The hospitality, travel and tourism industry employs over 258 million people according to the World Travel & Tourism Council. The US Travel Association determined that 1 of every 8 people is employed in the multiple sectors of the industry and travel is among the top 10 industries in the 48 states and DC (2009). People working in the US travel industry earned US$186.3 billion in 2009, and 2.7 percent of the US GDP is directly attributed to travel and tourism activities.
People travel, and in 2009 there were 54.9 million international arrivals in the US and these visitors spent US$70 billion (excluding international passenger fares). Direct spending by resident and international travelers’ in the US averaged US$1.9 billion a day, US$80 million an hour, US$1.3 million a minute, and US$22,300 a second.
With all the people working the industry, generating incomes for themselves and others, and providing a significant tax base, it would appear that the travel and tourism industry is an important source of employment and a viable revenue stream for governments.
The quantity of positions in the industry is indisputable; what is questionable is the quality of the opportunities – and this is a concern to academics, policy makers, executive search firms, and private industry.
Placement on the Career Ladder
The cultural commentator Douglas Coupland, talks critically of McJob which he describes as, “A low-pay, low-prestige, low-dignity, low-benefit, no-future job in the service sector.” Many entry-level options in the hospitality, travel, and tourism organizations are McJobs, and graduates with bachelors and masters degrees are unwilling to start their careers in these positions. At a recent meeting of senior tourism industry Asia-Pacific executives, Andrew Chan the CEO of TMS Asia Pacific, warned of a “…pressing need to develop the strategies required of the sector…” if it intends to attract and engage the Next generation of employees. In his executive position with TMS, Mr. Chan interfaces with college and university graduates and has found that, “There’s a misalignment of expectation between Gen Y and many organizations…” in the hospitality, travel, and tourism industry.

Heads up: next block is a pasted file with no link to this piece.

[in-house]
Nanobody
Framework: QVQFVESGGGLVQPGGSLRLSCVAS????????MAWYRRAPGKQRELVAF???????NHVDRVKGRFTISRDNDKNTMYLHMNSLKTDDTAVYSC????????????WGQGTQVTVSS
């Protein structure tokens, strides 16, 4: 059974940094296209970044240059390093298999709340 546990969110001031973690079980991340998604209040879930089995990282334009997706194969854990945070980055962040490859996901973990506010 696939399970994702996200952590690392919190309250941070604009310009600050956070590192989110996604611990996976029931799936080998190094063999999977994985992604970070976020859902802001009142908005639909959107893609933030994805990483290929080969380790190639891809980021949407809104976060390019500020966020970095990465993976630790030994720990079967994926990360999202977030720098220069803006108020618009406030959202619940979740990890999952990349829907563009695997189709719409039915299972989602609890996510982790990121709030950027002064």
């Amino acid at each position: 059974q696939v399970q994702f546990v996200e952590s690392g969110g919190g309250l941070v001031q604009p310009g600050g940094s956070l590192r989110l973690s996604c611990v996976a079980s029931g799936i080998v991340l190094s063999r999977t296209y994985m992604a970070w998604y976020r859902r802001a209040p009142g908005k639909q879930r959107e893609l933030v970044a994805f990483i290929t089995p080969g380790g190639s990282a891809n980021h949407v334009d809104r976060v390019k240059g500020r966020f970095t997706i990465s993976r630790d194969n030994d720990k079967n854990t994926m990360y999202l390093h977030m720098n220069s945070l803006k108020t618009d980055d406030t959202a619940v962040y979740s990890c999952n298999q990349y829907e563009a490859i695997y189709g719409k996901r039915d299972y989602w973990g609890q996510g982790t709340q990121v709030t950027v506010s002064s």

According to Chan, “Gen Y is the most educated generation in history, most coming out with degrees or even master degrees, and these are the people shying away from the entry-level jobs and assignments that are still expected of them by so many organizations.” Chan found that, “While most employers profess they are keen to hire for attitude, in practice they still focus on assessing candidates more for their skills during the recruitment process.”
Get it Right or Go Home
The owners and managers of operations in the hospitality and tourism industry are challenged to recruit, develop/train, and maintain a committed, competent, well-managed and well-motivated workforce capable of providing first-class, five-star consistent level of service to guests and clients, at a pay-scale that may not be competitive with other industries and with limited growth potential.
According to Chan, “Bad hiring decisions can adversely affect the morale of other employees – in a worst-case scenario, hiring the wrong person can actually result in a company losing good staff members.”
By Choice or Chance
Psychometric profiling and general mental ability testing can achieve real success at the interview phase of the recruiting process. An increasing number of hospitality, travel, and tourism organizations are using these techniques as they try to take the chance and guess work out of new hiring. According to Chan, “These systems provide a means of effectively assessing a candidate’s strengths and weaknesses while at the same time presenting an objective insight into a person’s behavior and temperament.”
With new hotels opening in traditional, as well as emerging, markets the demand for executive talent is increasing, while the hiring and promoting practices of hotel and related organizations continue to be mired in tradition. Chan finds that other industries, from banks to insurance operations, are actively recruiting from the hospitality, travel, and tourism management pool. To lure the candidate from the hotel into the bank, the young graduates are offered improved salaries, increased benefits, and work schedules that are not 24/7. Although the hospitality industry can be seductive, the Next generation is very concerned with the quality of their personal lives and are not rushing to give it up for the JOB.
According to Chan, “…at the end of the day, finding a candidate with the right attitude – as opposed to their skills being the defining factor – and one that fits in culturally, will ensure a much better chance of success. This factor is extremely relevant in today’s environment, particularly with the advent of the Gen Y phenomena.”
Work the Industry
Chan brings years of experience to his understanding of executive search. He earned his MBA at the University of South Australia and has been associated with TMS Asia Pacific since 2005. He launched his career as a travel agent in Australia and moved on to customer service and business development positions with Cathay Pacific and Singapore Airlines. He has also been associated with Stamford Hotels and Resorts, the Carlton Hotel Group, and Hospitality Marketing Concepts. An active participant in trade associations, Chan is a member of PATA, the president of HSMAI Singapore, ACTE, and SKAL Singapore.